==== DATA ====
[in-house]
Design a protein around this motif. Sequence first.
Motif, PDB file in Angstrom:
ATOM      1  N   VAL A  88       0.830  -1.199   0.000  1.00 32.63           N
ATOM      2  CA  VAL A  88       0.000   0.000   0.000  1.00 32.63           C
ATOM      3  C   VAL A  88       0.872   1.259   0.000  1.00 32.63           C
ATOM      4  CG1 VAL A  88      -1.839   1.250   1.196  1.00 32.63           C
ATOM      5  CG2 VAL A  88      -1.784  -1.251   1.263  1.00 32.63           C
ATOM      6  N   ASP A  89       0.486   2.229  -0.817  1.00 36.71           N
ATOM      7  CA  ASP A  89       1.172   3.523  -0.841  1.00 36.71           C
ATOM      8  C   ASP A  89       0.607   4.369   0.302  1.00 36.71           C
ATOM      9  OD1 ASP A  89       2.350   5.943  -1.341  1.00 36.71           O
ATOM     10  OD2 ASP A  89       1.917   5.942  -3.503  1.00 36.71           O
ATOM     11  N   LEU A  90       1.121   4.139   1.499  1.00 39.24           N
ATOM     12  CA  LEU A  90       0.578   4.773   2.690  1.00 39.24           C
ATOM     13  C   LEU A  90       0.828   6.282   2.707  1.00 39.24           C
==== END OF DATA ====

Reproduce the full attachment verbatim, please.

[in-house]
Design a protein around this motif. Sequence first.
Motif, PDB file in Angstrom:
ATOM      1  N   VAL A  88       0.830  -1.199   0.000  1.00 32.63           N
ATOM      2  CA  VAL A  88       0.000   0.000   0.000  1.00 32.63           C
ATOM      3  C   VAL A  88       0.872   1.259   0.000  1.00 32.63           C
ATOM      4  CG1 VAL A  88      -1.839   1.250   1.196  1.00 32.63           C
ATOM      5  CG2 VAL A  88      -1.784  -1.251   1.263  1.00 32.63           C
ATOM      6  N   ASP A  89       0.486   2.229  -0.817  1.00 36.71           N
ATOM      7  CA  ASP A  89       1.172   3.523  -0.841  1.00 36.71           C
ATOM      8  C   ASP A  89       0.607   4.369   0.302  1.00 36.71           C
ATOM      9  OD1 ASP A  89       2.350   5.943  -1.341  1.00 36.71           O
ATOM     10  OD2 ASP A  89       1.917   5.942  -3.503  1.00 36.71           O
ATOM     11  N   LEU A  90       1.121   4.139   1.499  1.00 39.24           N
ATOM     12  CA  LEU A  90       0.578   4.773   2.690  1.00 39.24           C
ATOM     13  C   LEU A  90       0.828   6.282   2.707  1.00 39.24           C